Results 1 520
419 Previous Next

Standing Female Figure
Additional Views Explore Object
Creative Commons License

Standing Female Figure

Description Conservation Exhibitions Provenance Credit
Description Solid, hand-modeled figurines of diminutive size yet remarkable detail and expressiveness represent the Xochipala style, a distinctive artistic tradition found in the highlands of Guerrero in western Mexico. The standing female figure dates to the middle centuries of the Middle Formative Period, when artists adorned the figurines with much more personal regalia than is found in earlier works. The standing female seems to depict an adolescent girl wearing the style's typical pubic wrap with front and rear tufts. A long braid falls down her back, which is decorated with incised motifs. Her wide eyes and slightly opened mouth imply an ecstatic state. The figure sports large ear flares, and the hair is indicated by sharply incised lines. Slashes on the shoulders likely represent body paint, tattoos, or intentional scarring, a type of body adornment seen on many later ceramic figural sculptures from western Mexico.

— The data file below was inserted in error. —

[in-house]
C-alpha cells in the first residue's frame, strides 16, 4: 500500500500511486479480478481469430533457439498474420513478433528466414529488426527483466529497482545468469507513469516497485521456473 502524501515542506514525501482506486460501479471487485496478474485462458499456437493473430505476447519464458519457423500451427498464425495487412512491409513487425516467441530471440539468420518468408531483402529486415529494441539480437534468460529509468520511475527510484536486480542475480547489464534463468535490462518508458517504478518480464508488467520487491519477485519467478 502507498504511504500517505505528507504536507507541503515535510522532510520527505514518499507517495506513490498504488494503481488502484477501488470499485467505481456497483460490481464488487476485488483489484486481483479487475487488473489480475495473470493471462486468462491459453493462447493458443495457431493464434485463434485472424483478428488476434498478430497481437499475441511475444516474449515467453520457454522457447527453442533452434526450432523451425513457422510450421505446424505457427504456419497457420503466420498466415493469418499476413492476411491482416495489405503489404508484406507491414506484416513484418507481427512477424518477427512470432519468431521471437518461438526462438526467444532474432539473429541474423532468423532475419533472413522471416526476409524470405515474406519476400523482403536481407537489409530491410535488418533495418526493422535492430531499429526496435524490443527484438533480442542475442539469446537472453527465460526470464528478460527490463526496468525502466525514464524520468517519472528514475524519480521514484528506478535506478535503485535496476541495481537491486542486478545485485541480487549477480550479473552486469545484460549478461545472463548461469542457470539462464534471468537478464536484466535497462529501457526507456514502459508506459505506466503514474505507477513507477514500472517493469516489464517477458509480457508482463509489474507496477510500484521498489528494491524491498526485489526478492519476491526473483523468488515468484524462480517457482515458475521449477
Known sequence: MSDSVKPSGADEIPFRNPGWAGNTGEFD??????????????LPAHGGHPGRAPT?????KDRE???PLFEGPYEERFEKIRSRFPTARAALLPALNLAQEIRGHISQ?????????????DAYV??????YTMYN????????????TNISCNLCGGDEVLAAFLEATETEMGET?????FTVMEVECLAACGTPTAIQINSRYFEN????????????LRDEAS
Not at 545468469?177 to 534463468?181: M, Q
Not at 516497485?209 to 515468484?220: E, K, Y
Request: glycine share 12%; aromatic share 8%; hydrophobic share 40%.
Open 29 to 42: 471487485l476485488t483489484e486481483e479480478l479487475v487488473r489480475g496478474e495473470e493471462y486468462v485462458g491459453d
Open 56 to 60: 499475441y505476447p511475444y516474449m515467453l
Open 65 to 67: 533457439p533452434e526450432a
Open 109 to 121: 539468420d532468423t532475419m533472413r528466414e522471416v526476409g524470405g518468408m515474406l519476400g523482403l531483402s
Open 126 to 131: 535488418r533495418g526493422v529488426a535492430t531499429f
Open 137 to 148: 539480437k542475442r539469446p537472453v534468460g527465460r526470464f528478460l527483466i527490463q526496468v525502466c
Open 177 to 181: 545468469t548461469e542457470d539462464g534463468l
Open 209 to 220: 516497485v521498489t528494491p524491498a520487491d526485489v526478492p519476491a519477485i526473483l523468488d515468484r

Date Description Narrative
10/24/2011ExaminationExamined for Exhibition; Reconstructed; X-ray fluorescence
  • Exploring Art of the Ancient Americas: The John Bourne Collection Gift. The Walters Art Museum, Baltimore; Frist Center for the Visual Arts, Nashville. 2012-2013.
Provenance Leonard Kalina [date and mode of acquisition unknown]; John G. Bourne, August 1990, by purchase; by bequest to Walters Art Museum, 2017.
Credit Bequest of John G. Bourne, 2017

Download Image Add to Collection Creative Commons License

900-600 BC (Middle Formative)
earthenware, post-fire paint/pigment (red, white, and black), with incising
Accession Number
H: 5 3/16 x W: 1 11/16 x D: 1 in. (13.1 x 4.3 x 2.6 cm)
Location Within Museum
Not On View


    Thumbnail: Standing Female Figure Thumbnail: Standing Female Figure Thumbnail: Standing Female Figure
    Zoom Out Zoom In Back to Details  
    Full Size: Standing Female Figure